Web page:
Senior Week to exclude underage seniors

Liquor permits, contracts for venues to blame

By on November 2, 2011

Seniors who will be under the legal drinking age by May of next year will not be allowed to participate in Senior Week, confirmed Stephen Pagios, the assistant director of student center & campus life and adviser of Senior Week.

According to Pagios, the presence of alcohol at every event is the main reason why seniors who are under the legal drinking age can’t participate. Obtaining liquor permits and signing contracts with each venue are both “big processes” and pose obstacles.

“We have to sign agreements with all the places that we go to saying that everyone going is 21,” Pagios said. “When we are going to Oakdale or Holiday Hill or Terminal 110 as we did last year, we reserve the whole place. It’s not really feasible for these places to allow some people to drink alcohol and not others.”

Makeda Sutherland is one senior who isn’t permitted to attend. She won’t turn 21 until July 2012, two months after Senior Week. “I want to be the one that makes the decision whether to go or not,” Sutherland said.

“I’m sure they’re doing activities besides drinking for the whole weekend. I don’t need to drink to be a part of a lot of the events. It’s Senior Week and it’s an experience we should all have together,” Sutherland said.

Approximately 800 seniors participate in Senior Week. During the three days leading up to graduation, they stay in the freshman dorms and attend various events organized by the Senior Week committee. Events include a party at the Oakdale Theatre and afternoon activities at the Holiday Hill resort. Alcohol is available, but not included in the $295 cost students must pay in order to attend.

Senior Andrew McDermott, one of the Senior Week coordinators, added in an email that if more of the events were on campus, there would be more flexibility regarding who could attend. However, most are off campus.

There is one way to get into Senior Week without being 21: working it. There are 22 juniors on the Senior Week committee who work at the events. They are not allowed to drink and must wear a T-shirt that designates them as staff.

“They are two different kind of parties,” Pagios said. “The juniors are not there for the Senior Week experience. They are there to make sure it happens. The only beverage they are getting is water and they are making sure things are running smoothly.”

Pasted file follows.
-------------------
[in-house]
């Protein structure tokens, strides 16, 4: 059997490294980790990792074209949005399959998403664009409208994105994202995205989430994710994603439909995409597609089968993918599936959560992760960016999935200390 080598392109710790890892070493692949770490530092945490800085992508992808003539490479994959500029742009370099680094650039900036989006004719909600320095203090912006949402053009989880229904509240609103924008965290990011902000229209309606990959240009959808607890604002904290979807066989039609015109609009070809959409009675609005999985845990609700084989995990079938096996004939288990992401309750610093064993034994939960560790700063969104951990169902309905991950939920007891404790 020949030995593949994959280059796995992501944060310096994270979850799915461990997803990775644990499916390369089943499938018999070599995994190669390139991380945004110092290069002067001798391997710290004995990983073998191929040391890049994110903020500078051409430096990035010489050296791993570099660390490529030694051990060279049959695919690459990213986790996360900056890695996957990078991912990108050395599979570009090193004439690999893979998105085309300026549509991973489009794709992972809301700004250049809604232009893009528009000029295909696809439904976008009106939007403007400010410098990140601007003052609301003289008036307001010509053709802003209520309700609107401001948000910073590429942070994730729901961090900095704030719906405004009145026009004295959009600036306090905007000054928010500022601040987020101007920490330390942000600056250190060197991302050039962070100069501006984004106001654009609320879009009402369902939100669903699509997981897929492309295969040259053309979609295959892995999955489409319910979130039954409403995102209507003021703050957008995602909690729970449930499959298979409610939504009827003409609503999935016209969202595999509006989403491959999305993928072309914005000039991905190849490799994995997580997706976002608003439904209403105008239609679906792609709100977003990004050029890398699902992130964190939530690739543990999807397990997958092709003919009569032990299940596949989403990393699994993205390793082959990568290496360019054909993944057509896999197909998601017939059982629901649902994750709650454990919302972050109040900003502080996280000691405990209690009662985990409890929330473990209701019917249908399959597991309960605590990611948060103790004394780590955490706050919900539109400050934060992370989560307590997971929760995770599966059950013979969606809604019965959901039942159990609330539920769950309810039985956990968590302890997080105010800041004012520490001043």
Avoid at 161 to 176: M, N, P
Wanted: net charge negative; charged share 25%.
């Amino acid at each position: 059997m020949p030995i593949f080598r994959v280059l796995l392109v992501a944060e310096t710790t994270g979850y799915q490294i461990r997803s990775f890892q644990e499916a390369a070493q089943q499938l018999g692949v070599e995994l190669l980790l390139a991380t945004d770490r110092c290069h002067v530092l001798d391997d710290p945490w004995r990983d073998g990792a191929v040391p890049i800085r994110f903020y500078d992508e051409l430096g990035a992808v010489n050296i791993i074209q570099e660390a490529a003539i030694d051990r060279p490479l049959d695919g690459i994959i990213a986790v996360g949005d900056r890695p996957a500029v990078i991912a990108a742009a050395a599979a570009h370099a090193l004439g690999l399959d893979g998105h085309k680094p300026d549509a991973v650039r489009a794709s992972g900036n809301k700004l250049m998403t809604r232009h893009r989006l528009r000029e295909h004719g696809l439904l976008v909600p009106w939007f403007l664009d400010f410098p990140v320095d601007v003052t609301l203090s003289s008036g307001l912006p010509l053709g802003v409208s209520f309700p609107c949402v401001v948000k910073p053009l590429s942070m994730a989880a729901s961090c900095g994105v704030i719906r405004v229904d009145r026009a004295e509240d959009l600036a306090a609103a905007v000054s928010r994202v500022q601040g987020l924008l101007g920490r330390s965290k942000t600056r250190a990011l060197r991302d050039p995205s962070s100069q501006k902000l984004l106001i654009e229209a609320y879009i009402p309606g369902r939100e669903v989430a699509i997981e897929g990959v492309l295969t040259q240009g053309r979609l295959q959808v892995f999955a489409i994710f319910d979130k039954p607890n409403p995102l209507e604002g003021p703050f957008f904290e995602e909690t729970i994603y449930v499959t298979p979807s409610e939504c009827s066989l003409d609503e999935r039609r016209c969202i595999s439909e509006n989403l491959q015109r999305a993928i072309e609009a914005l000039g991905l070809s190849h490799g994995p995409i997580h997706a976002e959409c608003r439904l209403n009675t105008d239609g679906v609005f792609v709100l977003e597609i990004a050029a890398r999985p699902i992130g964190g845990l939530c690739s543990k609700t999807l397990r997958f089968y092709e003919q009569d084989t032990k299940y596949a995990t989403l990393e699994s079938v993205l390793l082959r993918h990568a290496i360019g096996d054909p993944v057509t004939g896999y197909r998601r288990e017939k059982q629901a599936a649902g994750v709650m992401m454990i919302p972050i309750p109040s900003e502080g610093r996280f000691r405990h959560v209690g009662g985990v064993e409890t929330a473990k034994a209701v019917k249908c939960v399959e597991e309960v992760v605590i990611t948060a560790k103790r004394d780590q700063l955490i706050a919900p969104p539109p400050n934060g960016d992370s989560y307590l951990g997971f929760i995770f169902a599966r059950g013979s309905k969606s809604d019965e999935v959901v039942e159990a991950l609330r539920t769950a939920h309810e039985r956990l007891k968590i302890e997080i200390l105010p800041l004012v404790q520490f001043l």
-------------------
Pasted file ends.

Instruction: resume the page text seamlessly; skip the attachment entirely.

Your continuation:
McDermott compared them to security in uniform.

Pagios added that everyone has the opportunity to attend Senior Week once. Those who couldn’t participate the year of their graduation could come back the following year as alumni.

“I don’t think I would come back,” Sutherland said. “It’s not my 2012 classmates. We have our own special bond, so it just wouldn’t be the same.”

Senior Nicole Peloso, 21, said she thinks it is completely unfair. If venues are going to be strict about drinking, they should be able to check IDs or have underage students wear something that symbolizes that, Peloso said.

“We all spent four years here. We’ve all put in the time. You can’t discriminate just because of age. It isn’t Senior Drinking Week, it’s Senior Week so it should be available to every senior here,” she said.

McDermott agreed that it “stinks” for those who will not be able to participate, however the committee has “to look on behalf of the majority.”

According to Pagios, it all comes down to the legal side of things.

“I think one of the stipulations to this is that we need to tell [the venues] that we’ve checked that everyone is 21. Once we start getting into that ‘well 799 are 21 but five aren’t,’ it starts getting a bit hazy.”

Correction: This article originally said that alcohol will be supplied and was included in the $295 cost students must pay in order to attend. In fact, the university will not supply alcohol, and the $295 cost for students does not include alcohol.

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Arts & Life Editor
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Year: 2013
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